Why the world needs another blog

— Ana and Michele

We are two deaf/HoH tenured scientists at the University of Massachusetts in Amherst, and this summer we decided we needed to create a blog.

For Ana it was the cumulative frustration of feeling that after almost 12 years of teaching, she often still struggled with the same instructional challenges that had bedeviled her at the beginning of her career. For Michele it was a realization that she had shed her fear of having her hearing loss define her professional image as a research scientist. For both of us, it was a wearying sense that for too long we had each been re-inventing the wheel—continuously looking for solutions to problems that we cannot possibly have been the first or only ones to experience. “If only we had other people like us to talk to and exchange ideas with,” we thought. “Faculty who also fret about the best way to introduce their hearing loss to their students; postdocs who also have to worry about how to handle the soft-spoken person in the back row asking a question after their talk; grad students who are also trying to crack the code on how to be full participants in fast-paced journal clubs.” In the past, we had individually (and unsuccessfully) searched for blogs by deaf/HoH people working in academic settings that shared their experiences. This summer it finally dawned on us that we could create our own.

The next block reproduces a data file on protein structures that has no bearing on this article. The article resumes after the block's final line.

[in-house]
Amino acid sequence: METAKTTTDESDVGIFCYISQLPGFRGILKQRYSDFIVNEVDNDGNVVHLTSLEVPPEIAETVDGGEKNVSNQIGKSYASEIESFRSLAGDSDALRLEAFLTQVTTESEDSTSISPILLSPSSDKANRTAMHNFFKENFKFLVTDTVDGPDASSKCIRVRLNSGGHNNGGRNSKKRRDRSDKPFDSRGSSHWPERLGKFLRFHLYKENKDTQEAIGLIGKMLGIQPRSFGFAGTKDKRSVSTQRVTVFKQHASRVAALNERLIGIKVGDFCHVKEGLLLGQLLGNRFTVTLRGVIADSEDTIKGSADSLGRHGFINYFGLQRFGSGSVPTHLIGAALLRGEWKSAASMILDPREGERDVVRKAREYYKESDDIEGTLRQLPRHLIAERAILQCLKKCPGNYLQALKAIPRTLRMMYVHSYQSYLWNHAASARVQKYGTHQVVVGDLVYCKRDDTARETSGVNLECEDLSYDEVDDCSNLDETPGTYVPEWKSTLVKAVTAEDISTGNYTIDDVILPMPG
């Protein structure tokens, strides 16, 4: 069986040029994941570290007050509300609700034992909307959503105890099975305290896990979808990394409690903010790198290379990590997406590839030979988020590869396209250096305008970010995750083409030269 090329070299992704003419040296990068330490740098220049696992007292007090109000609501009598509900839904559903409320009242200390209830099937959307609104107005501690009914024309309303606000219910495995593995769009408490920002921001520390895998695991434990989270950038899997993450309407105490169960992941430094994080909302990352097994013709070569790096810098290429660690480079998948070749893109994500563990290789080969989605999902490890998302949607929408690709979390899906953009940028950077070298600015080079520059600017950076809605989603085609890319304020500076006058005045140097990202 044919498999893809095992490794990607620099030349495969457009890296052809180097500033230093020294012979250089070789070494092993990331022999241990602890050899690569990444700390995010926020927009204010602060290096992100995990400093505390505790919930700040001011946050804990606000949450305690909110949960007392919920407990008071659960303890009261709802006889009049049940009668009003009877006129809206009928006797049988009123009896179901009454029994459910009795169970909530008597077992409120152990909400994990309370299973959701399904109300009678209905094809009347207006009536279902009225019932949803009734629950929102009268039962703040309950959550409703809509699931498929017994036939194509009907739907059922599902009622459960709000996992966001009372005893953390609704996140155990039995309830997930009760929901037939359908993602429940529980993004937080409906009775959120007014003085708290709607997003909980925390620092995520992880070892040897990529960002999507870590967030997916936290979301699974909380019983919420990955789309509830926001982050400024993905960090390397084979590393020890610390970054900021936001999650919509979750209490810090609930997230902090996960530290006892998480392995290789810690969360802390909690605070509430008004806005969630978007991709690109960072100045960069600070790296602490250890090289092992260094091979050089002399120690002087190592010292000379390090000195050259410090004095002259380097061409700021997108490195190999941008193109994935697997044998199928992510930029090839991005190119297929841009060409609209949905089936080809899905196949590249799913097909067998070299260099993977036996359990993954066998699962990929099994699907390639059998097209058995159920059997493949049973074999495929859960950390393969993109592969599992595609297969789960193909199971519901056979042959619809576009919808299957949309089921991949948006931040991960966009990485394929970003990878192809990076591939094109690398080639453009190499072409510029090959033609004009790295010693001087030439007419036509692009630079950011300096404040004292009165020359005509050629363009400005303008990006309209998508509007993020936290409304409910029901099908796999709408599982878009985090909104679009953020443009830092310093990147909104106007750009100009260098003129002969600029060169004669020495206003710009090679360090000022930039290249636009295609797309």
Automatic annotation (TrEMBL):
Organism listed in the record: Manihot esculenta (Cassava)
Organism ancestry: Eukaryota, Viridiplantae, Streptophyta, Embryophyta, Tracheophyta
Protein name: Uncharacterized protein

“But wait a moment!” you may ask. “You both work in the same institution—surely you talked to each other and exchanged strategies for success?” We’re somewhat embarrassed to admit that in all of our years of overlap at UMass, we actually didn’t engage that much with each other. The reasons for this are varied and nuanced and may be good sources for future blog posts. When Ana mentioned the idea of a blog to Michele a few months ago, we both instantly realized, this is it. We need to do this! We are on a mission, because people like us need this blog! So, despite all the myriad other demands on our time, we are making a blog.